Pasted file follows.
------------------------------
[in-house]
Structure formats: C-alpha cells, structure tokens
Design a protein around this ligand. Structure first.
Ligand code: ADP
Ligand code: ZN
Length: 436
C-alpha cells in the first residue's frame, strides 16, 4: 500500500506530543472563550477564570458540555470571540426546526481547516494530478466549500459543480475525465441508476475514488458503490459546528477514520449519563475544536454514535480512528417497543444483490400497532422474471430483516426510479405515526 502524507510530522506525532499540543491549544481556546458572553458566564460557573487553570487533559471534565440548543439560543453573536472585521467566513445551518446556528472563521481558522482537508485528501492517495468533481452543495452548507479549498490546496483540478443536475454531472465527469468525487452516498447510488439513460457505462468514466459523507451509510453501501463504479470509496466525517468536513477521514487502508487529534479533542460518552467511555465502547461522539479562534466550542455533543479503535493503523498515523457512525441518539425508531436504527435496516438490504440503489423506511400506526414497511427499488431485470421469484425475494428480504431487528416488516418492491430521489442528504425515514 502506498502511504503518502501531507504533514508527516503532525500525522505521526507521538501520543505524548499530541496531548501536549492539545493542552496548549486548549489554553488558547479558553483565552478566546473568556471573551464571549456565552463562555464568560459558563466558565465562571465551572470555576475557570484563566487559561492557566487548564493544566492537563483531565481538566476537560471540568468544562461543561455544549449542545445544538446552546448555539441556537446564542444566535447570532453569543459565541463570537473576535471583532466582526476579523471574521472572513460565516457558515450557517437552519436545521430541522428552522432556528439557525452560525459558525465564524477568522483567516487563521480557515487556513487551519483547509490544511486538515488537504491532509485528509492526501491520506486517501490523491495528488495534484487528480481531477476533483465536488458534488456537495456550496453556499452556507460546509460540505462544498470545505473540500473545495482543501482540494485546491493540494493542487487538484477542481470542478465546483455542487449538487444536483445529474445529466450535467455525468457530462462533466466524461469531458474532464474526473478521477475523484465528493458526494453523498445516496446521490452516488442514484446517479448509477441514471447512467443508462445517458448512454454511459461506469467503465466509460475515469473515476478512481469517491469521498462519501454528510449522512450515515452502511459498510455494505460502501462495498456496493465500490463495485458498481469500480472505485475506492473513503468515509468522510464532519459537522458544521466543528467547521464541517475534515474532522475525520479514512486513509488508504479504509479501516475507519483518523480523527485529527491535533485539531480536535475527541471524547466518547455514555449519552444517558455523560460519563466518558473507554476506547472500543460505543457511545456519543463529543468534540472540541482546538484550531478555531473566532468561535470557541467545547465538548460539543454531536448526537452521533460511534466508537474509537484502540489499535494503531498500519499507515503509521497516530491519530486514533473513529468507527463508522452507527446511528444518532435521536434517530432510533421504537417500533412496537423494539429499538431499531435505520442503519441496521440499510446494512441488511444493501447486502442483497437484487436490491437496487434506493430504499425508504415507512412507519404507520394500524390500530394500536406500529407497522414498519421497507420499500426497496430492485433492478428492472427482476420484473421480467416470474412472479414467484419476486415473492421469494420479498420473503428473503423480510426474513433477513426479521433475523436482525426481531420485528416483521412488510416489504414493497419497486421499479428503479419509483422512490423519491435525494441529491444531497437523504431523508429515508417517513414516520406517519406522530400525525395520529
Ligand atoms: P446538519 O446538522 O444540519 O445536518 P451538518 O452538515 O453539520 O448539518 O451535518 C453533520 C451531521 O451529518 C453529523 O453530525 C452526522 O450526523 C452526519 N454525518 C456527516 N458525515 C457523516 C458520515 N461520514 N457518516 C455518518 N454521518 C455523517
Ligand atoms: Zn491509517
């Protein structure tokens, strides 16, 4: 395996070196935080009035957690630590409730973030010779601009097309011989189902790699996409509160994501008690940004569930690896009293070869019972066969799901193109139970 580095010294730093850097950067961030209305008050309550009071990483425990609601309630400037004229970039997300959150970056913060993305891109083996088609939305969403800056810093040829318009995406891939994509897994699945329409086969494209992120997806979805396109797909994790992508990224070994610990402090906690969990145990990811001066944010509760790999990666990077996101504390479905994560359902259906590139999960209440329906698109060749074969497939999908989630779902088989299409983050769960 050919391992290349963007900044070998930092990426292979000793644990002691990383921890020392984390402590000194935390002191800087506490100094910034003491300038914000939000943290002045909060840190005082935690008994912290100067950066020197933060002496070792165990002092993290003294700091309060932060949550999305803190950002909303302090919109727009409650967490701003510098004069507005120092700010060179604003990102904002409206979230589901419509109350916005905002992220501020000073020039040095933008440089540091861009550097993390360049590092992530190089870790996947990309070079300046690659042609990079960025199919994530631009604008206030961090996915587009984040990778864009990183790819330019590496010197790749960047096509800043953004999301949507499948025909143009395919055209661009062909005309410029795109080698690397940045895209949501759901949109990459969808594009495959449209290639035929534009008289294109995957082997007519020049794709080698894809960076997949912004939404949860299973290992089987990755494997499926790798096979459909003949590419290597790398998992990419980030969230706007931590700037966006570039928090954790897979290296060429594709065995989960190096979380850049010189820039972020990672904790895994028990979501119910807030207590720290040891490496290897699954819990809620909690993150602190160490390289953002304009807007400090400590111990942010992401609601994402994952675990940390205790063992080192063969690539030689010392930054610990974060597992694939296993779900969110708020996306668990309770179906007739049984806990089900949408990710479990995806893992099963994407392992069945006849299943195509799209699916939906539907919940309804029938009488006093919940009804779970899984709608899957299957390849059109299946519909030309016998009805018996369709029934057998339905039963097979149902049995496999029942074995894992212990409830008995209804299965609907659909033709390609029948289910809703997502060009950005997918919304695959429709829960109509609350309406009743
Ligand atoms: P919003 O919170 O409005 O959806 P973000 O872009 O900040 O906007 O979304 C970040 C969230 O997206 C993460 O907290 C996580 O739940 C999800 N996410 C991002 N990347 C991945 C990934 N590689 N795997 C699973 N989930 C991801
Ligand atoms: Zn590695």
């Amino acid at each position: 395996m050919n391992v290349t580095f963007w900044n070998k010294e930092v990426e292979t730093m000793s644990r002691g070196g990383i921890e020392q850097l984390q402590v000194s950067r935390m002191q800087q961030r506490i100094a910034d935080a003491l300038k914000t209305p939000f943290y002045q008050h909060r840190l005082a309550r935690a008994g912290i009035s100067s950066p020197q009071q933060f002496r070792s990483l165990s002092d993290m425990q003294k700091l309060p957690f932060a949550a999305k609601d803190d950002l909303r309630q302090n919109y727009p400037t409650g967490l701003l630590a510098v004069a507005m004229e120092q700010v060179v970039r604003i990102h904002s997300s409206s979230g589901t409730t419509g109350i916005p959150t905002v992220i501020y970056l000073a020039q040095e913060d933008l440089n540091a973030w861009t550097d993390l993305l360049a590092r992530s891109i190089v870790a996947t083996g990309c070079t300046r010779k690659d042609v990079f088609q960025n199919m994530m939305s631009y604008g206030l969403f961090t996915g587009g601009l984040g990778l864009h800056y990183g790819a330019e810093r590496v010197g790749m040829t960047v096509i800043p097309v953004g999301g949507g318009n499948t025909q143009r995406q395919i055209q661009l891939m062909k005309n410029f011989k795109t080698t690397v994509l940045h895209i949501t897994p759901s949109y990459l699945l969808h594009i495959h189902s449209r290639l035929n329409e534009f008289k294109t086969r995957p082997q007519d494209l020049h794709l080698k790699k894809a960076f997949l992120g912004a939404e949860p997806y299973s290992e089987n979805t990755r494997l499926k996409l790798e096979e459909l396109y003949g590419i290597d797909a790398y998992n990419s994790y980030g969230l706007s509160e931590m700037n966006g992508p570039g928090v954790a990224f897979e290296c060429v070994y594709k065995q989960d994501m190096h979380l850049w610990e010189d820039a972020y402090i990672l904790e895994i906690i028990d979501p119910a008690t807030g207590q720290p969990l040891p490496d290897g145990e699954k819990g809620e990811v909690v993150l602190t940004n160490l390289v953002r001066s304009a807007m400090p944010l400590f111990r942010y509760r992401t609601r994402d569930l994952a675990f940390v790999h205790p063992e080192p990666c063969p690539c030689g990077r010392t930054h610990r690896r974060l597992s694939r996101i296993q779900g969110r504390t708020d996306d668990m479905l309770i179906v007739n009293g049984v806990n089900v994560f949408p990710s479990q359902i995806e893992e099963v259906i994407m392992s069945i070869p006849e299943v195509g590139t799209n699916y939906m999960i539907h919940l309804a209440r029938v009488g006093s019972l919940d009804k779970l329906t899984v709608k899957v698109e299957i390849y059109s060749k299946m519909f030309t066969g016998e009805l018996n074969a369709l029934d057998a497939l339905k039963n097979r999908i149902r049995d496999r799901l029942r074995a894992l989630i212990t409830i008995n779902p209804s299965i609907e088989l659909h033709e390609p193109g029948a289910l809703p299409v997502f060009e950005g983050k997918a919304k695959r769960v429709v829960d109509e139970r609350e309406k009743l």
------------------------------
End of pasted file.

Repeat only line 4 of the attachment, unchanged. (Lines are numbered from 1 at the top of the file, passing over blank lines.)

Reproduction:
Ligand code: ADP